Carbon dioxide levels measured at NOAA’s Mauna Loa Atmospheric Baseline Observatory peaked at 424 parts per million in May, continuing a steady climb further into […]
Vanda Grubišić, Ph.D., a research meteorologist and experienced scientific leader, has been named the director of NOAA’s Global Monitoring Laboratory in Boulder, Colorado. Grubišić will join one of the world’s preeminent research institutions for monitoring long-term changes in the atmosphere, including those caused by climate change. She starts on March 27.
NOAA Global Monitoring Laboratory Development of a UAS “Virtual Tower” for Gas and Ozone Measurements
Scientists from NOAA’s Global Monitoring Laboratory (GML) have undertaken novel development of an uncrewed aircraft system (UAS) “hexacopter” that will enable the lab to not only recommence a long-standing mission that was recently forced to halt, but paves the way toward enhanced operations in the future. The composition of Earth’s atmosphere is rapidly changing due to anthropogenic releases of carbon dioxide (CO2) and methane (CH4), which are powerful greenhouse gasses driving global warming. Also, human-made chemicals such as CFC-11 and CFC-12 (refrigerants) are destroying the ozone layer that filters out ultraviolet (UV) radiation. These CFCs and their counterparts destroy enough of the protective stratospheric ozone layer to produce the Antarctic “Ozone Hole”.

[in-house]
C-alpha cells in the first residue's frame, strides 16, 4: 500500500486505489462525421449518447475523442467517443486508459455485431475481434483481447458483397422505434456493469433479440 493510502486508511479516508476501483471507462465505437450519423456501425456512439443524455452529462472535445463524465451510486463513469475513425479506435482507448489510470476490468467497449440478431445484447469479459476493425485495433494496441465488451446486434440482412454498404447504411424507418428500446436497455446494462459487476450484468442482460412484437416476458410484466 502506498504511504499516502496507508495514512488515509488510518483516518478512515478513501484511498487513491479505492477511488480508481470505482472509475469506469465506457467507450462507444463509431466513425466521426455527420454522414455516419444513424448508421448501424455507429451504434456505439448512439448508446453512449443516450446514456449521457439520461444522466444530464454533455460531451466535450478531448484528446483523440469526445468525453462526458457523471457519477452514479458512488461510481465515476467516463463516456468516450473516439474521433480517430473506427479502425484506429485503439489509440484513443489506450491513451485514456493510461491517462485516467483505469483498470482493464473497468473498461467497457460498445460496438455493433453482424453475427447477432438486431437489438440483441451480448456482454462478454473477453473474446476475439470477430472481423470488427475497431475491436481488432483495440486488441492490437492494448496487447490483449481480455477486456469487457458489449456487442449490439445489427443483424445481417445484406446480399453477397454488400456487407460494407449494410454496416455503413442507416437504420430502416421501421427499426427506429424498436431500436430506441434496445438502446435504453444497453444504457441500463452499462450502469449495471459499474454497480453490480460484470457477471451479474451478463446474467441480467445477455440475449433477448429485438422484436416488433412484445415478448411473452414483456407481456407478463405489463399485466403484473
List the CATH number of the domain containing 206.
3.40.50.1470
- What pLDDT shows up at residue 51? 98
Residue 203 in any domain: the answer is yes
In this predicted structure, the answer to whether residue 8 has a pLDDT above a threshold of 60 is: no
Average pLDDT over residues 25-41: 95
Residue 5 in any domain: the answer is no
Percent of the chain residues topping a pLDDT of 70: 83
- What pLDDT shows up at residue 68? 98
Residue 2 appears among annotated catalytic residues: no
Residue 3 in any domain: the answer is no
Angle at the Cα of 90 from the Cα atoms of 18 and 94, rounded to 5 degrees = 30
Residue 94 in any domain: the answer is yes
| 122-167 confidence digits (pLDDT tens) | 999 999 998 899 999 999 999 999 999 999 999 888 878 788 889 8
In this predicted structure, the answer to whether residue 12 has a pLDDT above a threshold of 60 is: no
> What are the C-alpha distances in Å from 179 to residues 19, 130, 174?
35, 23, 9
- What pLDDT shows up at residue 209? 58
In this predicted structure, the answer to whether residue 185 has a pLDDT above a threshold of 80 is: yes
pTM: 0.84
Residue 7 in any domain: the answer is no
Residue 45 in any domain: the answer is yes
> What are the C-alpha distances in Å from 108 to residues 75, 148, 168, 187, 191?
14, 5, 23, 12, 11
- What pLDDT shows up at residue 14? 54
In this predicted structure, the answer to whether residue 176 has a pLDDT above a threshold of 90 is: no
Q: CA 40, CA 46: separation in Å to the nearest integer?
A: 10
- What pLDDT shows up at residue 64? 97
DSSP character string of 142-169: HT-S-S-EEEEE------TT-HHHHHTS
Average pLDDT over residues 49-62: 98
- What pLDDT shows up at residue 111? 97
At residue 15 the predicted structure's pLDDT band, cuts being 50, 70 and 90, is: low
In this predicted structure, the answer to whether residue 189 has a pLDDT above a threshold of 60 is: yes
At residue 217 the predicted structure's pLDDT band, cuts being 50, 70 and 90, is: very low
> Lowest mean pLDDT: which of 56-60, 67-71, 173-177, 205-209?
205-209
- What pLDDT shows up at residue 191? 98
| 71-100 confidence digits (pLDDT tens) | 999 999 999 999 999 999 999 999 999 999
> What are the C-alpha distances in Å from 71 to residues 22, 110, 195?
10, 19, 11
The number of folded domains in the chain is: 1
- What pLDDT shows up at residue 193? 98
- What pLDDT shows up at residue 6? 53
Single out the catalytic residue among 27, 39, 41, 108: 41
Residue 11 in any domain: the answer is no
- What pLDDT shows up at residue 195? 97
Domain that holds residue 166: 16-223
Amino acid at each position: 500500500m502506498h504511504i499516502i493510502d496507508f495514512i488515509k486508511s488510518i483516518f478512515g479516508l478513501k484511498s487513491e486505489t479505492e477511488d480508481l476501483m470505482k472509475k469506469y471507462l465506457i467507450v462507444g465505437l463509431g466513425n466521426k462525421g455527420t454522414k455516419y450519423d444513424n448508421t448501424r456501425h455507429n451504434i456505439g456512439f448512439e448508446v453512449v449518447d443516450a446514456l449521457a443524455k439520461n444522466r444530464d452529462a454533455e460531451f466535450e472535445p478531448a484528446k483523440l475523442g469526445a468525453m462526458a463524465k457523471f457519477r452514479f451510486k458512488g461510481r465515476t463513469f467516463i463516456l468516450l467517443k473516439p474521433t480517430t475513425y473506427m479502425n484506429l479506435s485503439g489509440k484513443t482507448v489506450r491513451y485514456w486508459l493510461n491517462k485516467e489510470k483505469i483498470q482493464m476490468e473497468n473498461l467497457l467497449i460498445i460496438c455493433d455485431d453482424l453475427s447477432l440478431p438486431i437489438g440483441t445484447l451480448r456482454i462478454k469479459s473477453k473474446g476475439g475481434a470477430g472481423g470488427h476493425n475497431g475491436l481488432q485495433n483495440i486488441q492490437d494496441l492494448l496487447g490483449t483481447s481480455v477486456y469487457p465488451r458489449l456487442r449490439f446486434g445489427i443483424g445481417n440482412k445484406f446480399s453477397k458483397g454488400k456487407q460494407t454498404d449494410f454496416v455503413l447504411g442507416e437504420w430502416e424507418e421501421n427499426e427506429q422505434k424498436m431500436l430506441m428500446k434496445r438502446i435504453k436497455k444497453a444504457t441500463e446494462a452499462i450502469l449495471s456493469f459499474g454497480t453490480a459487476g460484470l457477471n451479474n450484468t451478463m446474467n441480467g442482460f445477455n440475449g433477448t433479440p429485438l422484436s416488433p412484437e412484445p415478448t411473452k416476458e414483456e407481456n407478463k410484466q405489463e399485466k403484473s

Kathryn McKain is a research scientist at the Cooperative Institute for Research in Environmental Sciences (CIRES) at the University of Colorado and in the Global Monitoring